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Warm Hearts (Lyst Summit 2014)
by Martin Nerurkar on 06/16/14 12:51:00 pm   Expert Blogs   Featured Blogs

The following blog post, unless otherwise noted, was written by a member of Gamasutra’s community.
The thoughts and opinions expressed are those of the writer and not Gamasutra or its parent company.


Crossposted by Martin Nerurkar from the Sharkbomb Studios blog.

Have you ever slowly slid your finger into another person’s fist? Or have someone slide theirs into your fist? Give it a try. You might like it. I know I did.

And that’s not the only thing I did and enjoyed at Lyst Summit 2014 in Copenhagen last weekend.

Conference Info Envelope

Conference Info Envelope

I couchsurfed and I was on a boat. I got my hair braided and made rich_lem paint his nailswith my polish. I made a game and danced in a dome. I learned how to do sex in Nordic LARP and I read a touching love letter. I gave and was given hearts. I felt comfortable and I laughed. I humped a man’s back and sang into a floppy piece of asparagus. Oh and I laughed. A lot.

To put it in a nutshell, Lyst was an absolute blast.

Foreplay (Getting there)

I’ve already spent this year visiting a few conferences. In Februrary I was in Amsterdam onCasual Connect. March was San Francisco with the annual Game Developers Conference. And finally in April was the terrific A Maze in Berlin. And after that I was done with conferences, until the astonishing Lucy Morris pointed out Lyst to me. Love, romance, sex and games? I knew I had to be there.

Since the year was pretty expensive already I was looking for a cheap couch to stay and fortunately the Lyst folks set me up with the Kajakklubben, a bunch of Dutch game developers, none of which I knew. I arrived late thursday, bringing 5 liters of good german beer with me. A traditional present for my gracious hosts. I’m not sure if it was me, their open attitude or the beer but we had a lot of fun making some impromptu music (or noise), talking and hanging out and suddenly it was two o’clock in the morning.

Dirty Talk (The conference)

Even though I meant to be there for the first talk the previous night’s escapades delayed my getting-out-of-bed somewhat. Getting on the bus I was at the love boat in time for the second session though. Yes, you read that right: love boat. The Lyst Summit was held on a boat, the MF William Jørgensen. Granted, I was a bit iffy on the idea, as my stomach tend to be sensible when it comes to these things. The boat featured one open area, where most of the festivities, chaired by non other than Richard Lemarchand, were held and it was appropriately decorated with hearts and made comfortable by a smattering of carpets. And best of all: It didn’t once leave the harbor. Otherwise I might have not enjoyed the excellent food as much as I did. Queasy stomach and all.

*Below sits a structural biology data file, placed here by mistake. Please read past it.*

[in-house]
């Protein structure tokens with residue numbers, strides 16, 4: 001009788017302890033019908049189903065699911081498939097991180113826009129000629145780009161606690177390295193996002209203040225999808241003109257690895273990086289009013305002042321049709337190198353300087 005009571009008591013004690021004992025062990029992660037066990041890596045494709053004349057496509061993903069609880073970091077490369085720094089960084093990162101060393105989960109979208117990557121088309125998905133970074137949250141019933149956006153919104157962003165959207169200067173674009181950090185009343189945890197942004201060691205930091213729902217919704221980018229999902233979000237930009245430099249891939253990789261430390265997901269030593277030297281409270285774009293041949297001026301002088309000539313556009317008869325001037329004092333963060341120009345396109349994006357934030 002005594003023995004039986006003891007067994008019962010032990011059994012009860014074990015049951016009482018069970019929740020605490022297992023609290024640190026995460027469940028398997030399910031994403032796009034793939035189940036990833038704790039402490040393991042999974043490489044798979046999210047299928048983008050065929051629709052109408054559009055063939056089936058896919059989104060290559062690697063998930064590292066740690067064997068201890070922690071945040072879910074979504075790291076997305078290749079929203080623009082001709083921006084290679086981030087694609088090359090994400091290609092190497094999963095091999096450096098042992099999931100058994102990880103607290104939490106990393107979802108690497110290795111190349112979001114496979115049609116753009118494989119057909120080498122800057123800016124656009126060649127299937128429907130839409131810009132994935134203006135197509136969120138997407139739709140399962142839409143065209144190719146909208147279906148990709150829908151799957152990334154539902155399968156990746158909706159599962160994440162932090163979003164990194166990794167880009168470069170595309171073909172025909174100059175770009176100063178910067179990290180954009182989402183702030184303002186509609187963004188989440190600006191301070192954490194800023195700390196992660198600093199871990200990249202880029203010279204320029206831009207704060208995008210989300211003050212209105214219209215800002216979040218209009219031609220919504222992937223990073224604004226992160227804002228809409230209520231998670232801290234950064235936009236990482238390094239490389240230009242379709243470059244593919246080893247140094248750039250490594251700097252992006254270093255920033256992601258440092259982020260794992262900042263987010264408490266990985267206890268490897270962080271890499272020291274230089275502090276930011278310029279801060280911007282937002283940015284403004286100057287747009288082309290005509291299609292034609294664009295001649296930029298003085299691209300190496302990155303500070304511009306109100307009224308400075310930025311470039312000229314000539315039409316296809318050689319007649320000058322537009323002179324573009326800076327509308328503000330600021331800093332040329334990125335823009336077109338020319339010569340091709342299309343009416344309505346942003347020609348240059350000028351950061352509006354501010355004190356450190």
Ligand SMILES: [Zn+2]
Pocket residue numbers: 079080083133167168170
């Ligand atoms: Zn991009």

Arriving at the Boat

Arriving at the Boat

Keynote: Touching the Player

The first talk I caught was from Jaakko Stenros. He talked a bit about Nordic LARP, a scene of LARP in Scandinavia that often veers from the traditional fantasy LARP and into more expressive and experimental territory. He talked about how, in the late oughties they started looking for ways to simulate and abstract amorous interaction (love, sex etc.). Just as we don’t want to engage in actual violence within the game, there are enough reasons why we might not want to engage in actual lovemaking either.

Jaakko presented a few of these rules or methods. Among them such things as radio play, where the interaction is audibly telegraphed to inform the potential audience, without there being any actual interaction. Something often employed in LARPs with lots of tents. Or Ars Amandi, where only the arms and shoulders of the participants touch to model the encounter and it’s qualities – rough or gentle for example. Or using body painting as similarly sensuous abstraction.

Why the Games [4Diversity] Jam Mattered Matters

When Menno Deen took the stage he talked about his experiences with the Games [4Diversity] Jam he organized and how he tried to make the world a better place with it. So far the Jam has dealt with feminine and LGBTQ issues. The talk was enlightening to see his presentation but most interesting were the questions and comments afterwards.